Sendt av: Ulbe Jelluma 23/03/2017
This has become a much-asked question lately for consumers and marketers alike. Photoshop is a children’s toy compared to the tools that exist today to create fake news or to create “alternative facts”. Consumers might be hauled into stories that seem to be credible and brands have to work with media that can’t always be trusted.
Marketers and their agencies have a growing distrust when it comes to certain media and certain tools used to plan and buy media. This had been fed by the ANA Papers in the USA showing existing under-the-table deals between agencies and media partners, but also by the lack of transparency of online media deals. Research showed that from the €100 paid by the brand owner only €40 eventually reached the publisher. Furthermore, the most important online platforms lack independent third party measurement.
Trust has once again become an important factor for consumers and marketers. News brands, magazines and other publications and platforms must demonstrate their credibility. News brands have a heritage of excellent journalistic work which offers opportunities to win back trust from lost readers and advertisers. However, this will become increasingly difficult to get right due to the upcoming risk automated news generation.
Algorithms creating content
Publications are increasingly making use of algorithms that automatically produce content based on database. These databases can contain different types of data, for example, data about the quarterly financial report of a company. An algorithm can easily - in seconds - produce 100+ variants of press releases of this database. All variants presenting the same content, but in a different way.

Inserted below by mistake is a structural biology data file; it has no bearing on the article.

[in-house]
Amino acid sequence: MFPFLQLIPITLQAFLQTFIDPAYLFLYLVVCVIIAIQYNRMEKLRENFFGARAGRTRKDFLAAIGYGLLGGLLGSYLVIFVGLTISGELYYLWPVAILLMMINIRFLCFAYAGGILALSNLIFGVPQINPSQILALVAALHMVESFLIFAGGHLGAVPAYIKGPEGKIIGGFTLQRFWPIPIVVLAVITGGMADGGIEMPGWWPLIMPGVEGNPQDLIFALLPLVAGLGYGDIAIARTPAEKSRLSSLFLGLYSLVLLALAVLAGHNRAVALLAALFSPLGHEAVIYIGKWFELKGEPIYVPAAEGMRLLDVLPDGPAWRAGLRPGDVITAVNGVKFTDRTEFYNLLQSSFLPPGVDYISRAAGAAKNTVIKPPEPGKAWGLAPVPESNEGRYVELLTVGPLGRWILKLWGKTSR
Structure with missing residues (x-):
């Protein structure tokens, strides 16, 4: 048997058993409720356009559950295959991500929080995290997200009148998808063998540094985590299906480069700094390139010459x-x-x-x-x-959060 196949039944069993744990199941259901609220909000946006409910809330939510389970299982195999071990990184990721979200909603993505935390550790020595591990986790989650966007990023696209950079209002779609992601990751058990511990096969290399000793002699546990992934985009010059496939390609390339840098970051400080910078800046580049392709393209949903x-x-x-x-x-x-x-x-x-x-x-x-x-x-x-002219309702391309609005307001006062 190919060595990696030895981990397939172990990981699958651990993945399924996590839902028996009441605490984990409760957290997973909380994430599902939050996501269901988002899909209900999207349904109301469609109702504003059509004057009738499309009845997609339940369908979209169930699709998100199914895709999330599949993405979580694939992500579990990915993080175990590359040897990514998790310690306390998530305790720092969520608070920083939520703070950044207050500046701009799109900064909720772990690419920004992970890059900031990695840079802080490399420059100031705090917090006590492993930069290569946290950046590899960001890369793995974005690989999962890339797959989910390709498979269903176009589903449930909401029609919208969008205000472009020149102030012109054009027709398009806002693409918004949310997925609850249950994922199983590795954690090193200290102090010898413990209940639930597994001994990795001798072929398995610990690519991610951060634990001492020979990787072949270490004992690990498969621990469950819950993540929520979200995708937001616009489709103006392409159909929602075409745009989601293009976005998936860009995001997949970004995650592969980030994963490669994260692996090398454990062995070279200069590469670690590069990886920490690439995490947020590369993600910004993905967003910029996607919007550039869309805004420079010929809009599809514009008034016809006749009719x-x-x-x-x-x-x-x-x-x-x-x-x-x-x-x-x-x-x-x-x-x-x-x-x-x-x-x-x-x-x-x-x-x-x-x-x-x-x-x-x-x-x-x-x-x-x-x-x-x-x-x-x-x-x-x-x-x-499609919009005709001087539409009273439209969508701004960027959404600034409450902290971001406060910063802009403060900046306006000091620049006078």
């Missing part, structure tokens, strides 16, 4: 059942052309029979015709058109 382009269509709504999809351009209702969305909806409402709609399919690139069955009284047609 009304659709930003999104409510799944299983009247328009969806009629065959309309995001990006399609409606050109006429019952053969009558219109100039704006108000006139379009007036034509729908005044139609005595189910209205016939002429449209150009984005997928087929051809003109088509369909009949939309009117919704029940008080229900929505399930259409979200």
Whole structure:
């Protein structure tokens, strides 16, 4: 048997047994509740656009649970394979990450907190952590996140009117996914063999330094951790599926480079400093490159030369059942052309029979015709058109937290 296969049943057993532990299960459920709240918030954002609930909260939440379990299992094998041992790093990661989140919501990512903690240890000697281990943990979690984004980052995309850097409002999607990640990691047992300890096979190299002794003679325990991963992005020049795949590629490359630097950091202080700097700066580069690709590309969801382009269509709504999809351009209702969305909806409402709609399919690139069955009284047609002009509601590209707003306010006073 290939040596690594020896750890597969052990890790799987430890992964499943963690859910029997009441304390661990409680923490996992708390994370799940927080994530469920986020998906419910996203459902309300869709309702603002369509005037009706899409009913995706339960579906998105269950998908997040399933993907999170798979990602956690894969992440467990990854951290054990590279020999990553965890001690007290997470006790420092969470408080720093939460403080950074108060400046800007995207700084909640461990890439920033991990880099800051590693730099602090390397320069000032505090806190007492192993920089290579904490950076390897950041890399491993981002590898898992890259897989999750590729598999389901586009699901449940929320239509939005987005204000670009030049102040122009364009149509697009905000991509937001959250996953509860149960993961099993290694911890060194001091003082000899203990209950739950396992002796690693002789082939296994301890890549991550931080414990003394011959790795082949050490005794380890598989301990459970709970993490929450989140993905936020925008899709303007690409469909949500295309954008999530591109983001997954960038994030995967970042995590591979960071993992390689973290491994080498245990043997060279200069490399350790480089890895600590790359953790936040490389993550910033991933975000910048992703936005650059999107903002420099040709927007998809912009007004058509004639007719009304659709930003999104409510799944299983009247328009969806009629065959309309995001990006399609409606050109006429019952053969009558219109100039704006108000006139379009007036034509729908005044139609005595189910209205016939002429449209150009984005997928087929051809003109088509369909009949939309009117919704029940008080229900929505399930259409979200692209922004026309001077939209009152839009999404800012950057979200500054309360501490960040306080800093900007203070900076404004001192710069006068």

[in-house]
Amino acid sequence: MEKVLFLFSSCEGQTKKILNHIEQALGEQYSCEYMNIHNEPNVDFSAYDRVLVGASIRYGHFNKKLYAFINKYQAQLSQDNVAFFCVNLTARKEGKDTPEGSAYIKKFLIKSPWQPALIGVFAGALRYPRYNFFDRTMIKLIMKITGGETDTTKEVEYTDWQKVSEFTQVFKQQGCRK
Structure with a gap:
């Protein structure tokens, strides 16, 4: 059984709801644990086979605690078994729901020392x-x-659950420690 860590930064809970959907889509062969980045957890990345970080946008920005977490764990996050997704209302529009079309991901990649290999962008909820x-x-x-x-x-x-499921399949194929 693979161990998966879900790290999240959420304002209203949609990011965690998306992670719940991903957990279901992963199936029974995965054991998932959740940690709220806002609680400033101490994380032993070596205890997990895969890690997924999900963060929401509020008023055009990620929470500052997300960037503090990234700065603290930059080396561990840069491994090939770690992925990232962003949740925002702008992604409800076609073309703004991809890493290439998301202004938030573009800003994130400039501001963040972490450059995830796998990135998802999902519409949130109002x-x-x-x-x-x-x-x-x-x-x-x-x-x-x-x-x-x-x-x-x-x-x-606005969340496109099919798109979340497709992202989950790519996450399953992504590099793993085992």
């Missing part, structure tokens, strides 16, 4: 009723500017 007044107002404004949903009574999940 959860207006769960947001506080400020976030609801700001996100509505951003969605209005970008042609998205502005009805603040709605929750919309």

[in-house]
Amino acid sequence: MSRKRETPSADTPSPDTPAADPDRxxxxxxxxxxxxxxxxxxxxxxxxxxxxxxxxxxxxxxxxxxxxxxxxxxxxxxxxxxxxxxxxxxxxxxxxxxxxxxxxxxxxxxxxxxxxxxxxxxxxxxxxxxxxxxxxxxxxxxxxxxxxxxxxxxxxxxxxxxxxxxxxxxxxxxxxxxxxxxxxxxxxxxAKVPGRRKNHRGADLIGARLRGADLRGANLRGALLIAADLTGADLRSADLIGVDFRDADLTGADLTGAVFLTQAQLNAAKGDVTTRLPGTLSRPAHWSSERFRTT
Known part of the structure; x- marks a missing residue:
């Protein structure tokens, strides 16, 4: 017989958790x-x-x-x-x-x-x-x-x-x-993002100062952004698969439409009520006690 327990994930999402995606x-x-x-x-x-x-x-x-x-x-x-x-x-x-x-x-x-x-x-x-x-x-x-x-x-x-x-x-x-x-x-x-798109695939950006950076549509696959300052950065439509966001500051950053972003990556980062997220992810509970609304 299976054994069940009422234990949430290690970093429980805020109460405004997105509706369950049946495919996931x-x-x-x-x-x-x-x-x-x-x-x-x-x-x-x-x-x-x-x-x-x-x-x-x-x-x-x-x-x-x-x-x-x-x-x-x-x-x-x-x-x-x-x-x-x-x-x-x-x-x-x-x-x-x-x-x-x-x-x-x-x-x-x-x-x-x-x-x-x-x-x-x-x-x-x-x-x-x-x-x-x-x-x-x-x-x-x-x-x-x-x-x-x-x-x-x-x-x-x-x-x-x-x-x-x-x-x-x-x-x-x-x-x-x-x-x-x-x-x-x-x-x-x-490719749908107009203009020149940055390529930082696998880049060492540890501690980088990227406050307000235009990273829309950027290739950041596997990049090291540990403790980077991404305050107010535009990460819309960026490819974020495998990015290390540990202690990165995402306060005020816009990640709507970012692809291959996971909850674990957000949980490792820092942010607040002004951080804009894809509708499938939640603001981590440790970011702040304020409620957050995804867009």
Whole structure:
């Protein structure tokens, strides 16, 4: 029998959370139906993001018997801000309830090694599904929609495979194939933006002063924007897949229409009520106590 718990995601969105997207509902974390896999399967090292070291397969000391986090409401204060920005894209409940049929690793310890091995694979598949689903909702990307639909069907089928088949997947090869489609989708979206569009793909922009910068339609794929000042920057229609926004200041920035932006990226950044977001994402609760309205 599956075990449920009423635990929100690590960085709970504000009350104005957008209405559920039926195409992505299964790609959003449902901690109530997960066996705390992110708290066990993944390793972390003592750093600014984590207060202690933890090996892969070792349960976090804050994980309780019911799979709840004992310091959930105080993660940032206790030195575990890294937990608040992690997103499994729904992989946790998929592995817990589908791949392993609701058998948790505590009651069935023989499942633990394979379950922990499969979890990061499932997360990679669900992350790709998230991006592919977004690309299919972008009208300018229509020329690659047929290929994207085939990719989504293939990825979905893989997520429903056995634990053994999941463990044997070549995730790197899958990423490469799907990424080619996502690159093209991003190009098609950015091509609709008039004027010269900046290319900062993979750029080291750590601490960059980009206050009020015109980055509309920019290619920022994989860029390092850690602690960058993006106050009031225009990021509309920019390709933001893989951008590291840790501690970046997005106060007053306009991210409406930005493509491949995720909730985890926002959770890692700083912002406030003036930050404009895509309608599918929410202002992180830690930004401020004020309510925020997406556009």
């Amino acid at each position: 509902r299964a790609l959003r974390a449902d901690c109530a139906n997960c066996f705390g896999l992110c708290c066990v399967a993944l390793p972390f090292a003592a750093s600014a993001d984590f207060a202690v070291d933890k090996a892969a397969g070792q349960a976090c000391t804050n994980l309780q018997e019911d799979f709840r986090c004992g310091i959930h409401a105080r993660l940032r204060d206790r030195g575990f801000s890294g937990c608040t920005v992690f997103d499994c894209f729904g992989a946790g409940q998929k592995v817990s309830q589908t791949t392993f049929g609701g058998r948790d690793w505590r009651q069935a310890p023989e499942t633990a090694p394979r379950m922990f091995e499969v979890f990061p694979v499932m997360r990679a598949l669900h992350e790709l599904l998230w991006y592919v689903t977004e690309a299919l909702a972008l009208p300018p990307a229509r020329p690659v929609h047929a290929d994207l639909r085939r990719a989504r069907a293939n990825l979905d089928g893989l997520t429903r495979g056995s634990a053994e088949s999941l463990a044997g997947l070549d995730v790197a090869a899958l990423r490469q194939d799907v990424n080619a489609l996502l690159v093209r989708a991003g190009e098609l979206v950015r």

At a recent conference on big data, examples were shown of these press releases amongst which featured a preview of the Premier League match (see above) and even of Weather Forecasts (see above for time required for production). This trend has occurred in their quest to reduce costs, create a loyal online readership and to publish a vast number of articles to increase reach. Publications have started use these automated systems as an alternative to journalists.
But what is an article without the input of journalist? Where is the point-of-view, the perspective, the opinion? Consumers want to guided in this ‘information overloaded’ society. This view determines the trust people have in the publications and platforms. Word-of-mouth and recommendations of others (e.g. travel websites), are major drivers of choice. Readers and consumers need this guide, this trusted person or brand. Factual information generated automatically might just create trust, but at a danger of losing personal connection with the reader. Automated content generator could be the perpetrator of creating fake news or the so called alternative facts as a slight manipulation of data can result in a dramatically different article.
Publications want to create trust, but their focus must develop beyond delivering just the facts. Actions must be taken to guide the readers, online and offline. Automated content generation will not generate that trust. Journalists will. Publications will need to be the trusted guides for readers, and by getting their trust will remain the trusted partners for brands. And as we know, advertising flourishes in trusted print media.